The Cyberbrains

Research and contemplation in new media

Blogs give the big guns something to shoot for

There I was, staring down an entire auditorium full of folks wearing “Winchester,” “Weatherby” and “Remington” gimme caps who knew well how to shoot those guns. They were steely; I was nervous.
So I shot them with a blog.Clyde Bentley on the skeet range

Last week I spoke to the Professional Outdoor Media Association convention in Sioux Falls, S.D. It’s a group of outdoor magazine publishers, the freelance writers who fill their pages and the gun or fishing equipment manufacturers who support them. POMA Executive Director Laurie Lee Dovey asked me to answer a deceptively simple question: “Is print dead?”

I think it may be easier to drop a charging water buffalo with a slingshot than to give the definitive answer. Mine was “yes, no and depends on how you define ‘print’.”

My slide for the “yes” explanation earned a few chuckles: Me in my hunting gear (albeit armed with a laptop) smiling over the pile of dead magazines on my truck’s fender. “Yes – and I bagged it.” And I told them how technology is pushing the print world hard to go digital.

But the “no” (me reading in my library) is very much still out there. People are reading books and other publications by the droves. And of course, Baby Boomers will remain the primary American market for more than a decade. (Boomers grew up with print. Even if they use computers, they compare all media with the print with which they are familiar). Perhaps more critically, the Web has yet to reproduce the comfort level of a magazine or book (who cuddles up with a good laptop?).

But it is the “depends” that really counts – and where I winged a few gun writers.
Print journalism is the transfer of information using those little squiggles we call letters. When Gutenberg built his press, it didn’t mean the words that monks inscribed on parchment went away. Print survives even if the technology it uses changes. So even if we use e-ink or PDF, the call is still for a good story.

They liked that. They liked less my advice that they all launch blogs whether they like the medium or not.
Why blog if your expertise is crafting beautiful tales of an autumn duck hunt? Or if you are in your 60s, can’t figure out the TV remote but can trick any bass in the lake into taking your hook?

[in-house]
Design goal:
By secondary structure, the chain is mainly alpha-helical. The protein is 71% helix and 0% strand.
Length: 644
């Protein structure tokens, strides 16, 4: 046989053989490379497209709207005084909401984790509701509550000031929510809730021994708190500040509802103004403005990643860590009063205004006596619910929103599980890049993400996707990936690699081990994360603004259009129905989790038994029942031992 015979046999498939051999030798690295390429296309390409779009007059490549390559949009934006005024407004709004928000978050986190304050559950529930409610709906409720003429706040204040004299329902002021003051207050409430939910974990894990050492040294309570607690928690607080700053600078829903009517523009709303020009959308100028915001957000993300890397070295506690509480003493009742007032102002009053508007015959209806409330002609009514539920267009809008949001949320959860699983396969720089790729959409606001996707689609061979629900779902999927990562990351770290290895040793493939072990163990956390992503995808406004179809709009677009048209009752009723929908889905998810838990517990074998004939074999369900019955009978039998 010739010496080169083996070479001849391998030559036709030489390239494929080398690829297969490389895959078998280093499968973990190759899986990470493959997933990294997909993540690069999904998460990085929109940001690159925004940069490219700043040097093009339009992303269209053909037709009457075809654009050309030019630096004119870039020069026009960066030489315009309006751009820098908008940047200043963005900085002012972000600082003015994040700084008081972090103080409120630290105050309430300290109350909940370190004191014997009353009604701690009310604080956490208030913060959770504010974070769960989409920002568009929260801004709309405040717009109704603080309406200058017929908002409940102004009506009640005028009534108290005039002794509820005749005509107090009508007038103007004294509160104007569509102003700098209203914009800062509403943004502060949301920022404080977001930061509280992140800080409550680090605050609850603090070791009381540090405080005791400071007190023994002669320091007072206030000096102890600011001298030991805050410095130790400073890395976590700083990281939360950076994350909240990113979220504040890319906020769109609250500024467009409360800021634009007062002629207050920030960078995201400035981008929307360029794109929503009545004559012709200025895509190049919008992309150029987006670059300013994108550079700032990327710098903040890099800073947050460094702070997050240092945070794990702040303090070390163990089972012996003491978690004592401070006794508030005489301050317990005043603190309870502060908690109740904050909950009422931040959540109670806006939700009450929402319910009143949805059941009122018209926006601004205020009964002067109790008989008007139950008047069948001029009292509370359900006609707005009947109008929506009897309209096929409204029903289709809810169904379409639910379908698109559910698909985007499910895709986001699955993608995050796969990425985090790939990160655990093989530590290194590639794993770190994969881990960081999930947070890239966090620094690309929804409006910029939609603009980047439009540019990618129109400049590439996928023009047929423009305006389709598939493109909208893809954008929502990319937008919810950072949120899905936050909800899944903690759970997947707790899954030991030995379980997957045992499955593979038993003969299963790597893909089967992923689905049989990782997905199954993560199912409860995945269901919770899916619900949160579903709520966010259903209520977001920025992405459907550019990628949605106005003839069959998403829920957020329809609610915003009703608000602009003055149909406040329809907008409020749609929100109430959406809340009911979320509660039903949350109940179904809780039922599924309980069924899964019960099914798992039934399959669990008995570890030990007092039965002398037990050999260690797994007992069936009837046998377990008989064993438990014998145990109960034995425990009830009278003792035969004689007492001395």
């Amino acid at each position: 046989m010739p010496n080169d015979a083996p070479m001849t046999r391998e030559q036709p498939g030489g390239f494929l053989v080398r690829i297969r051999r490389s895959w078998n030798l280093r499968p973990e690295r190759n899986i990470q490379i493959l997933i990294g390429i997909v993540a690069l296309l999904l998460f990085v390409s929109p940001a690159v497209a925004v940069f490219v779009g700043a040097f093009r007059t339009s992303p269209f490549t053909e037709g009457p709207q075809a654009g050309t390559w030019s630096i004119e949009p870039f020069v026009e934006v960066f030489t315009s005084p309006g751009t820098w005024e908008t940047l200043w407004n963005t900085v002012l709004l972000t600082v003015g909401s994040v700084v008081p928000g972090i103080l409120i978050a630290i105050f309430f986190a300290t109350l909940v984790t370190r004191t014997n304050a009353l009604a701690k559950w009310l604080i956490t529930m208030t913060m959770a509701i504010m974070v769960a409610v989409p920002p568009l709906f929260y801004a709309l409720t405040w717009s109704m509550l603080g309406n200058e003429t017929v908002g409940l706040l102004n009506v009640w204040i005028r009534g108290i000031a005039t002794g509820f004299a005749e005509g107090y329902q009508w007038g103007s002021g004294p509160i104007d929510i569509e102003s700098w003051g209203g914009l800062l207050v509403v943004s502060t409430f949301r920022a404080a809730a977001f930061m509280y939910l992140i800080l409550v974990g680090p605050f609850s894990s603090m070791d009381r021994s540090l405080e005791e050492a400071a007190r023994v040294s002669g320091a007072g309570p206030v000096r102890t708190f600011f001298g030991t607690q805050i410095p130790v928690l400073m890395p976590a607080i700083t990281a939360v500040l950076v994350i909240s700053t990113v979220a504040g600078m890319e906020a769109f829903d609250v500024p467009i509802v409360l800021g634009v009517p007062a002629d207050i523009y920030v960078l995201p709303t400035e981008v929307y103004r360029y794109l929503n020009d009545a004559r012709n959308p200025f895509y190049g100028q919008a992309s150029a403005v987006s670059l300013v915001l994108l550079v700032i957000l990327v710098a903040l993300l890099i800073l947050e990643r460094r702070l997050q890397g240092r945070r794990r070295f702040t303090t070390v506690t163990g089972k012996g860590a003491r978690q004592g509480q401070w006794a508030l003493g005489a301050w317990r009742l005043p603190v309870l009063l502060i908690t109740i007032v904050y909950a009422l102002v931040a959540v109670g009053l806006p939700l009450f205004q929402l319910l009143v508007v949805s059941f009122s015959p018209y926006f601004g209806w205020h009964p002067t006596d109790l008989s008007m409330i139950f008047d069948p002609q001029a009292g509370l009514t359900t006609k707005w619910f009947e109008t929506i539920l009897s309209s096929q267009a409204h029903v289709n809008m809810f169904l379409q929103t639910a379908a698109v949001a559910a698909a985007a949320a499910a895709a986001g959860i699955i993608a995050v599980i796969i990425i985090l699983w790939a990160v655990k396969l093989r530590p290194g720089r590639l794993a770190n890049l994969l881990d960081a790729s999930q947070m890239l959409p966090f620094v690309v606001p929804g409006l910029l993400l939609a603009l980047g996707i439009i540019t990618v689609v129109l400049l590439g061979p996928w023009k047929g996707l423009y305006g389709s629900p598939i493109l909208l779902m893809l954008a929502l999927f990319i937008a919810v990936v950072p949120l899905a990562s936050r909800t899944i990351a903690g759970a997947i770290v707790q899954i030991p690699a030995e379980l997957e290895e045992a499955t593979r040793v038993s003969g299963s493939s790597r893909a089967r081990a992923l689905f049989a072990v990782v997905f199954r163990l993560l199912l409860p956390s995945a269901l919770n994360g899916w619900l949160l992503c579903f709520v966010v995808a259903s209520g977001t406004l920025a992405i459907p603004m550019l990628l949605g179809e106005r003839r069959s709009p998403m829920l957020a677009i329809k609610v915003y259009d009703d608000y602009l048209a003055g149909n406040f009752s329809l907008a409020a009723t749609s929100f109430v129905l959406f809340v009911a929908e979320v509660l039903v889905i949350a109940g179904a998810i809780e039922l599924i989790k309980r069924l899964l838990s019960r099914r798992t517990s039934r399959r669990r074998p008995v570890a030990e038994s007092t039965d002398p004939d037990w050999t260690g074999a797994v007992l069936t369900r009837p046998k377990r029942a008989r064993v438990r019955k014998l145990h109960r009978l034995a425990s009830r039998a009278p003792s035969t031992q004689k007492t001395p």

I passed on to them the advice of my friend and fellow cyber soul, Steve Yelvington:
“Clyde, if you don’t have a blog in our business, you don’t exist.”

Blogging is not the be-all to end-all. And as fellow cyberbrain Hans Meyer pointed out, it is an uncomfortable task for most professional writers. We spend our whole day turning thoughts into written words, so a blog is just another nagging chore.

But for critics, tech experts and writers – especially freelance writers – a blog is a type of advertising once reserved for Yellow Pages. It gives you presence.

In the scheme of things, blogs are poorly read. But they are specifically read by people who have an interest in the bloggers specialty. More importantly, blogs posts each have individual URLs. That means the fact that a blog read by only a handful of people does not keep it from having substantial power. A single post can be passed on blog-to-blog until it lands at the top of national agenda (witness Rathergate).

Several of the writers in the audience were visibly shaken by my admonition. Then I showed them how easy it is to use Blogger. The clincher was when an old fellow with a country-boy drawl told the, “Well, I’ve been blogging for quite a while. It’s not so hard.”

I’m curious to see what type of blogging community develops within POMA. One of my early editors told me that the three topics that could always generate an argument were politics, religion and game management. Given the level of expertise among its members and the fact hunting and fishing IS their religion, it should a lively corner of the blogosphere.


August 6, 2008 - Posted by | Clyde Bentley


  1. Well put, good sir, but you forgot to mention how well you shot at Field Day.

    Comment by Drew Niehaus | August 6, 2008 | Reply

  2. Clyde — you can be sure that POMA and POMA members heard your message and already, just a few days after your presentation, are setting up their blogs. We don’t wish to become extinct.

    Comment by Laurie Lee Dovey | August 6, 2008 | Reply

  3. Clyde — it was my pleasure to sit in on your POMA conference session. I learned a log that gives me hope I can still finish out my dream career in outdoor writing — it just may have to be through different media than I figured. Thanks for a great presentation.

    Comment by Bill Miller | August 7, 2008 | Reply

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